By rewriting the DNA of Escherichia coli so that the bacterium requires a synthetic amino acid to produce its essential proteins, two research teams may have paved the way to ensuring that genetically modified organisms (GMOs) don’t escape into the environment. The life-or-death dependence of the newly engineered E. coli on synthetic amino acids makes it astronomically difficult for the GMO to survive outside the laboratory, explains Harvard Medical School’s George M. Church, who led one of the teams reporting the discovery in Nature (2015, DOI: 10.1038/nature14121). That’s because no pool of synthetic amino acids exists in nature, he explains. A similar strategy was simultaneously published by Farren J. Isaacs and his colleagues at Yale University, also in Nature (2015, DOI: 10.1038/nature14095).
The discoveries help construct improved containment barriers for genetically modified bacteria currently used in the biotech-based production of products as diverse as yogurt, propanediol, and insulin, Isaacs says.
They also set the stage for expanding the use of GMOs in applications outside the lab, Isaacs adds. For example, he says, the bacteria could be used as the “basis for designer probiotics for diseases that originate in the gut of our bodies, or for specialized microorganisms that clean up landfills or oil spills.”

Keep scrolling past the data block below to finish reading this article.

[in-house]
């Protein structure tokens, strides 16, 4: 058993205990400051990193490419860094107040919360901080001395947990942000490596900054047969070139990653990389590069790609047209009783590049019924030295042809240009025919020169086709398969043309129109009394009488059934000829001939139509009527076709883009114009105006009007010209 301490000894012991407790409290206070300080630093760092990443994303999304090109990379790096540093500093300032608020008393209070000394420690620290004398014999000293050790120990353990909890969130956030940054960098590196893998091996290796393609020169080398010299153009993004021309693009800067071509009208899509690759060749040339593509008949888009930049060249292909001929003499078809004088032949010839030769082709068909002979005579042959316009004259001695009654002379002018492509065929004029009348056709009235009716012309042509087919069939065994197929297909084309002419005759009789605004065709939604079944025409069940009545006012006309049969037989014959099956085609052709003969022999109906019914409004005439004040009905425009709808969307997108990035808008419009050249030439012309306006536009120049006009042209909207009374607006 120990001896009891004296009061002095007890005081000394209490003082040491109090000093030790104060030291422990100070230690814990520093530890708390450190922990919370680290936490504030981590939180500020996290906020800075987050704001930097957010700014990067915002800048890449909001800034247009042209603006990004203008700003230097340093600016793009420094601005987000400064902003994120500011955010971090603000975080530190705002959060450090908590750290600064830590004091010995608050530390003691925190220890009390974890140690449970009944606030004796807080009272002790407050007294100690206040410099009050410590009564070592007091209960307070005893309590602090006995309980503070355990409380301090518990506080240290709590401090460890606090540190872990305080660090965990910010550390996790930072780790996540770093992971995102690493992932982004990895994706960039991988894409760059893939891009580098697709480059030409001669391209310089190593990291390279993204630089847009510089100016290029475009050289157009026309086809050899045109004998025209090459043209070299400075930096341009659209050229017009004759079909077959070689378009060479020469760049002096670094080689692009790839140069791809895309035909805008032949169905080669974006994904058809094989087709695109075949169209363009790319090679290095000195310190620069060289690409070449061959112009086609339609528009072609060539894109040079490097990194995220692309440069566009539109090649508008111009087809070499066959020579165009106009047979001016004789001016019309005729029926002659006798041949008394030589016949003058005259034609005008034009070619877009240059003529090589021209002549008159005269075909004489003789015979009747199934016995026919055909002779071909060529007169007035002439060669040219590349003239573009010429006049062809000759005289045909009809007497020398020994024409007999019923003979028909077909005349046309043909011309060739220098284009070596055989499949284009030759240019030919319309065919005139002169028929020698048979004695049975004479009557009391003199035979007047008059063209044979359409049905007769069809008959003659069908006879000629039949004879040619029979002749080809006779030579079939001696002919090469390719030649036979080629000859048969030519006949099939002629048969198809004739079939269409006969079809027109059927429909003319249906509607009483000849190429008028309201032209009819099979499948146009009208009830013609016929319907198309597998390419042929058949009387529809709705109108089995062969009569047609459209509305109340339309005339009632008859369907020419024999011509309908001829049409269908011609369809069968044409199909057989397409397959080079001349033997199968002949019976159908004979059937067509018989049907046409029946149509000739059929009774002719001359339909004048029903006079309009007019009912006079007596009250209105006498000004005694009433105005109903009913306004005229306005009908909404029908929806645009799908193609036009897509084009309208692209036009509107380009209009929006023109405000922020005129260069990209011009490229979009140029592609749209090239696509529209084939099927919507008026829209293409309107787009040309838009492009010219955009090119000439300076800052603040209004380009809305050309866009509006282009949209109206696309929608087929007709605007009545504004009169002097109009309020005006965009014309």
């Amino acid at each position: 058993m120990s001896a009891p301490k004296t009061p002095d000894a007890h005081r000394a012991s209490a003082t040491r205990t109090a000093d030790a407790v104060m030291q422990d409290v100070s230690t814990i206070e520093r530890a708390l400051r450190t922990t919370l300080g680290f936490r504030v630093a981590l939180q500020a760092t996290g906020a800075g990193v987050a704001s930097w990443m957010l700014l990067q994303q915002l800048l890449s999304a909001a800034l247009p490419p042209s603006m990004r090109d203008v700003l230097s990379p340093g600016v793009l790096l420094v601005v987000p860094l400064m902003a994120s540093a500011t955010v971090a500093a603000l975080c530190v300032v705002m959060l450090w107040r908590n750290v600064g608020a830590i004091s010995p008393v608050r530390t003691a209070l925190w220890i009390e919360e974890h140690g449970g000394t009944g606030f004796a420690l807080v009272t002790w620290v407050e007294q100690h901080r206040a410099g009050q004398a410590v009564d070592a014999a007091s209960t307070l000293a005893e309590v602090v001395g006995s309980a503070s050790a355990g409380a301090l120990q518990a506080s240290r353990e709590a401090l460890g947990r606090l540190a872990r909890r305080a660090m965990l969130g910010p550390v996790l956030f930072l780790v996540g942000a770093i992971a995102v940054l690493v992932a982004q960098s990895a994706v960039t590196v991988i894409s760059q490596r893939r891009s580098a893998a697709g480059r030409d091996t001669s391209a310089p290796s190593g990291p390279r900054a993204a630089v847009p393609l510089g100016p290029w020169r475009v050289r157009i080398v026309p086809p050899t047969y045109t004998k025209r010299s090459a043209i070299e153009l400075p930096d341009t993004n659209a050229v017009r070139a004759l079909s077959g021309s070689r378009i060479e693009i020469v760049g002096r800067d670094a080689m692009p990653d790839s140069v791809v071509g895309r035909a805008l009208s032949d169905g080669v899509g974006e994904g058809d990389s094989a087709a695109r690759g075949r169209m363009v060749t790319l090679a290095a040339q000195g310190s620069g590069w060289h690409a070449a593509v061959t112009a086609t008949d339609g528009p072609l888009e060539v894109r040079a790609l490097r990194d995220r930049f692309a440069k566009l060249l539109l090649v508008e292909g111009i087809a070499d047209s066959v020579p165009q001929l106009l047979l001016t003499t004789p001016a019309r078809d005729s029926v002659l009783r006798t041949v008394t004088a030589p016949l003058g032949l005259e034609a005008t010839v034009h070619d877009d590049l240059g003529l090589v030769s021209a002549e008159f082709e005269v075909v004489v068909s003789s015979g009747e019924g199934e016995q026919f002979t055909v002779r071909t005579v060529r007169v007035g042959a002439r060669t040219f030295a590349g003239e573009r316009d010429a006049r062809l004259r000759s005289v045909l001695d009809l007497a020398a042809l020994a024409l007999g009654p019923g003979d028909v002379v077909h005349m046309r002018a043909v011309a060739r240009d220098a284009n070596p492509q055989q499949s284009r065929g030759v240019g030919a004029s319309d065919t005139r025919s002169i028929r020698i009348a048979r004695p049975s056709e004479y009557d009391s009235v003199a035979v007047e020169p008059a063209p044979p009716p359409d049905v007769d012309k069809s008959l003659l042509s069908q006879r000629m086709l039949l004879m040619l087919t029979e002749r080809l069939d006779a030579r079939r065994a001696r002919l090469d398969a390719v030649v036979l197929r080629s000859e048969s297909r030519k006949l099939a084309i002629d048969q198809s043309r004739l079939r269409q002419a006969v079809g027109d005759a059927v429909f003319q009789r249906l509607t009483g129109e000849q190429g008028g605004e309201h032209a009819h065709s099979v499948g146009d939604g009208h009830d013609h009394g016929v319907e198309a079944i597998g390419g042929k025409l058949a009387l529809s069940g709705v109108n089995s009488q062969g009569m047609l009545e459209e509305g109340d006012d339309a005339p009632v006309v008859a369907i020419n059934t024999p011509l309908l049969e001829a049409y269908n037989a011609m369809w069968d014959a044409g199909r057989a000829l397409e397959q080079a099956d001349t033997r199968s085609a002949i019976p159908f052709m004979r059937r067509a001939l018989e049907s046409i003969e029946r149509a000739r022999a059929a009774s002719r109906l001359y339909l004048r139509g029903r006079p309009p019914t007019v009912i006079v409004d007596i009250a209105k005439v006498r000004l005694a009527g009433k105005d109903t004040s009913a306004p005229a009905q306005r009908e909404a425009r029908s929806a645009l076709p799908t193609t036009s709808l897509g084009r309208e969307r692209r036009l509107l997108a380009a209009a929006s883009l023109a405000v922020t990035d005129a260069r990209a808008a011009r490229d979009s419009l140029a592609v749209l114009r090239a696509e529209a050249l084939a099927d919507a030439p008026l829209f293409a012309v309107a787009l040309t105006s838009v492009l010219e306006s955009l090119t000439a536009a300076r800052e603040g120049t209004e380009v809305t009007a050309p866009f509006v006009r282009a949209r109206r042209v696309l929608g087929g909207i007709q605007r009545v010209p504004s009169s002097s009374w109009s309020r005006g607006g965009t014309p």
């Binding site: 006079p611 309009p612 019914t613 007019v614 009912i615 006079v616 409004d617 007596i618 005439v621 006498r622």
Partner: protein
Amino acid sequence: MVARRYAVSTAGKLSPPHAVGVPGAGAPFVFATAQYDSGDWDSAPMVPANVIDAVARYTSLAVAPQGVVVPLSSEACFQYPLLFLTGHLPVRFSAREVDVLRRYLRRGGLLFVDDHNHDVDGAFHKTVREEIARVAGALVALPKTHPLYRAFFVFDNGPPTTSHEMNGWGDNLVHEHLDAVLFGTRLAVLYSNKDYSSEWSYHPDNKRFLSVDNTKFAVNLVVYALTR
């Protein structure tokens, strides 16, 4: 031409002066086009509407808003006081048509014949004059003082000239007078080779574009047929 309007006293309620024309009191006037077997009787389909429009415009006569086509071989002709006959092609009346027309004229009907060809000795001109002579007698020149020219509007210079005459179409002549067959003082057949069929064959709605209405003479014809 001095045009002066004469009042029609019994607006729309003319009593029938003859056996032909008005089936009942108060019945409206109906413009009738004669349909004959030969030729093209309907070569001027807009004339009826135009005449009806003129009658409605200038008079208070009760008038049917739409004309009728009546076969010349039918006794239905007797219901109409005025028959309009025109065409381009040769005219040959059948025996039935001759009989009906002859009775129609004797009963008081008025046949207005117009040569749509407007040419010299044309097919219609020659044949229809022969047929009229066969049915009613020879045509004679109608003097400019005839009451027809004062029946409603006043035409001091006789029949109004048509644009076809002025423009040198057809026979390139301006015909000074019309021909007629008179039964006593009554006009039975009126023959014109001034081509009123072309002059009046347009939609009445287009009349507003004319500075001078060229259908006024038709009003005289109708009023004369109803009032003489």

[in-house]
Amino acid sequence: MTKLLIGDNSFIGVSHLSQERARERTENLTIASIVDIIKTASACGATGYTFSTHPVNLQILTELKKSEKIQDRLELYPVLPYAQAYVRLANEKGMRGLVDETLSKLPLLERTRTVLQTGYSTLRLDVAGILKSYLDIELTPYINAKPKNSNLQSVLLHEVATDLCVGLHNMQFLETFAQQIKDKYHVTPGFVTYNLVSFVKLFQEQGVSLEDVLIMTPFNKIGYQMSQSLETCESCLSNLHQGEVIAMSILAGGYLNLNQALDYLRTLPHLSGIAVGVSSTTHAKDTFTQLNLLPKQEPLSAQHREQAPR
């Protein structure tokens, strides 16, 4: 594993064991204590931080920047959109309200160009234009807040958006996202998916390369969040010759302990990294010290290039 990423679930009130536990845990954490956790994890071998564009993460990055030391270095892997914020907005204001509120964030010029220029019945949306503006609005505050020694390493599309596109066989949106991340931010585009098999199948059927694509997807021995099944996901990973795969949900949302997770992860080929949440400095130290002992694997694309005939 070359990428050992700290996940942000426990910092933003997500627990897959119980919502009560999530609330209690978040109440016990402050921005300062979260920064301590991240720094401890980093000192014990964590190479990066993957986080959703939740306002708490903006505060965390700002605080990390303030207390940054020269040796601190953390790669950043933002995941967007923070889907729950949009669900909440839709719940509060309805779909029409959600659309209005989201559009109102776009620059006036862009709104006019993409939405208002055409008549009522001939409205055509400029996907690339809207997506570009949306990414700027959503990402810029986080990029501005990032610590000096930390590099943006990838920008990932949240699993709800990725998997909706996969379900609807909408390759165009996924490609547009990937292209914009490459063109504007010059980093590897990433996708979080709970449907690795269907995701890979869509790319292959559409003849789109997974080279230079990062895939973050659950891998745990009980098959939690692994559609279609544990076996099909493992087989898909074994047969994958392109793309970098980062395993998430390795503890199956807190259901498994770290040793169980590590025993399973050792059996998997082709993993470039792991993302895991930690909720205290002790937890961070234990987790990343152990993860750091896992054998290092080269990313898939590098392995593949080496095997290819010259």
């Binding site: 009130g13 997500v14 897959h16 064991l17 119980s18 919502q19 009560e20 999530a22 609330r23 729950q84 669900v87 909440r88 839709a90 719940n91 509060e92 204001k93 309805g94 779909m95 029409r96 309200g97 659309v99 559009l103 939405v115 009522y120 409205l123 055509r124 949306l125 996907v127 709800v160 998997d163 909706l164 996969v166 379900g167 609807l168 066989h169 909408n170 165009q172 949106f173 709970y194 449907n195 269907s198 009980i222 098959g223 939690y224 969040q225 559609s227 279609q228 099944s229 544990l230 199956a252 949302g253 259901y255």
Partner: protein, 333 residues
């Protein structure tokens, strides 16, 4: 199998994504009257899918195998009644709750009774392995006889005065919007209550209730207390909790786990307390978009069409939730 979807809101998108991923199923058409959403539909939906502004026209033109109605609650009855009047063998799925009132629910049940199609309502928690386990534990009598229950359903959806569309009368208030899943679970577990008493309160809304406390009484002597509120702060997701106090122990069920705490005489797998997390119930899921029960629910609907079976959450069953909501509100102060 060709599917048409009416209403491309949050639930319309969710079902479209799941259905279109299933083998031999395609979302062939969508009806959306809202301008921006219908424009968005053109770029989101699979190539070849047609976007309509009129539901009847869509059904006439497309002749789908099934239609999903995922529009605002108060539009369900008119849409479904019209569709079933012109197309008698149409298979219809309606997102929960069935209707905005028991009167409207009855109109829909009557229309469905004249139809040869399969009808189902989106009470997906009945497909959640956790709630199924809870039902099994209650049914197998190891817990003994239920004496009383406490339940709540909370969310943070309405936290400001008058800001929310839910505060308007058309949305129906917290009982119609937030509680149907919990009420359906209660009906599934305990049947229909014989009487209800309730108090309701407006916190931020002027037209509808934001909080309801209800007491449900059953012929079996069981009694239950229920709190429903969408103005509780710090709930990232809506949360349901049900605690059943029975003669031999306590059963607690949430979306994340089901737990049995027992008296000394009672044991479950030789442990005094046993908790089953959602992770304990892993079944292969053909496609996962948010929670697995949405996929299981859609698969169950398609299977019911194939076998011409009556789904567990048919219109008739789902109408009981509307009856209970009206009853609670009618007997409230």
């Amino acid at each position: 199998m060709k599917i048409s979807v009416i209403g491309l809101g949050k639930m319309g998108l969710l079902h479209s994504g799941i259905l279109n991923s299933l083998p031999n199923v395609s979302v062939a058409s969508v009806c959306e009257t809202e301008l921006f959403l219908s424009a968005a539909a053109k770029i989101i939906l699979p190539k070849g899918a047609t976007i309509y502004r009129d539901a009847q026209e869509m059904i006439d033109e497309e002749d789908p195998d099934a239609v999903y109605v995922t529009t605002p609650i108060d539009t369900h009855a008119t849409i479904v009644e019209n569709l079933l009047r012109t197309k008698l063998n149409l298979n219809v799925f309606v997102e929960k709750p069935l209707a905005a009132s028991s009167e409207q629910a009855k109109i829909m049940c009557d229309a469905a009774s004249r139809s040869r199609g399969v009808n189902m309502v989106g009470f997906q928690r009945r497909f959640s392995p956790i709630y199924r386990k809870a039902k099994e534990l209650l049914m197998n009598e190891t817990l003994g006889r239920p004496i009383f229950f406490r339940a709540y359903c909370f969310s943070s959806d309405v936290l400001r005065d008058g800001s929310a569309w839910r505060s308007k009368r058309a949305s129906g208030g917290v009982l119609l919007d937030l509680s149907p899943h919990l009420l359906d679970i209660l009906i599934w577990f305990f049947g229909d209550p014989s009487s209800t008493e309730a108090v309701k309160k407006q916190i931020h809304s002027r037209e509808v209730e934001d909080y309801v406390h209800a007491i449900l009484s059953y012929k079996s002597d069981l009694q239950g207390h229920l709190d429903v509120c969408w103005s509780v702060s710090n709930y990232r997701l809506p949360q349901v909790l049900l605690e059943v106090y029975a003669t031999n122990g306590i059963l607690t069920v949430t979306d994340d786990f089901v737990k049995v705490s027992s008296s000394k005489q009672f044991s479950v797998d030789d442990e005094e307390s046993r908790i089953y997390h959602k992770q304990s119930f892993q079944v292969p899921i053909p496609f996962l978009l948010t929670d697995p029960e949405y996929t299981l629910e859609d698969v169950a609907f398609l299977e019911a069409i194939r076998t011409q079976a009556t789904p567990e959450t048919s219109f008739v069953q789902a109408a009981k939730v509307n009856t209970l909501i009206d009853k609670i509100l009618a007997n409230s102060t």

“There are all these ideas for using engineered cells [outside the confines of a lab], but the problem is that they’re not contained,” comments Christopher A. Voigt, a synthetic biologist at Massachusetts Institute of Technology. “This is the proof-of-principle work for addressing that problem.”
To make the genetic firewall, both teams made changes to E. coli’s genome so that the bacteria’s protein production machinery inserts a nonnatural amino acid when it reads a specific three-base-pair codon. “They’ve extended the genetic code so that it can take a 21st amino acid,” explains Tom Ellis, a synthetic biologist at Imperial College London, who was not involved in the work. The two teams used different synthetic amino acids, but both groups selected mimics of phenylalanine, a bulky, hydrophobic amino acid.
Next, both teams scoured E. coli’s genome for essential proteins that the organism needs to survive. They looked for areas in those proteins where the synthetic amino acids might replace natural amino acids.
Finally, they showed that when the engineered bacteria have access to a pool of the synthetic amino acids, they can build their essential proteins. With no access to the synthetic amino acids, protein production stalls and the bacteria die.
The teams performed extensive tests to see whether the newly engineered bacteria could evolve ways to sidestep the need for synthetic amino acids. Whenever the microbes managed the feat, the researchers tweaked the DNA until the bacteria depended solely on the synthetic amino acids.
In theory, the strategy could be extended to other GMOs, such as plants, Voigt says. “It will probably be really hard, but not impossible.”
Another important step is to improve containment by ensuring that all DNA engineered into the organism relies on the synthetic amino acid, Ellis says. “If you accidentally spill the bacteria into the environment, it’s going to die,” he says. “But that DNA is left behind. The genetically modified genes could be incorporated into other bacteria through horizontal transfer,” he warns. “To alleviate all fears, we need to ensure that all genes you add to an organism—say for making insulin or biofuels—are also behind the genetic firewall and somehow encode the 21st amino acid.”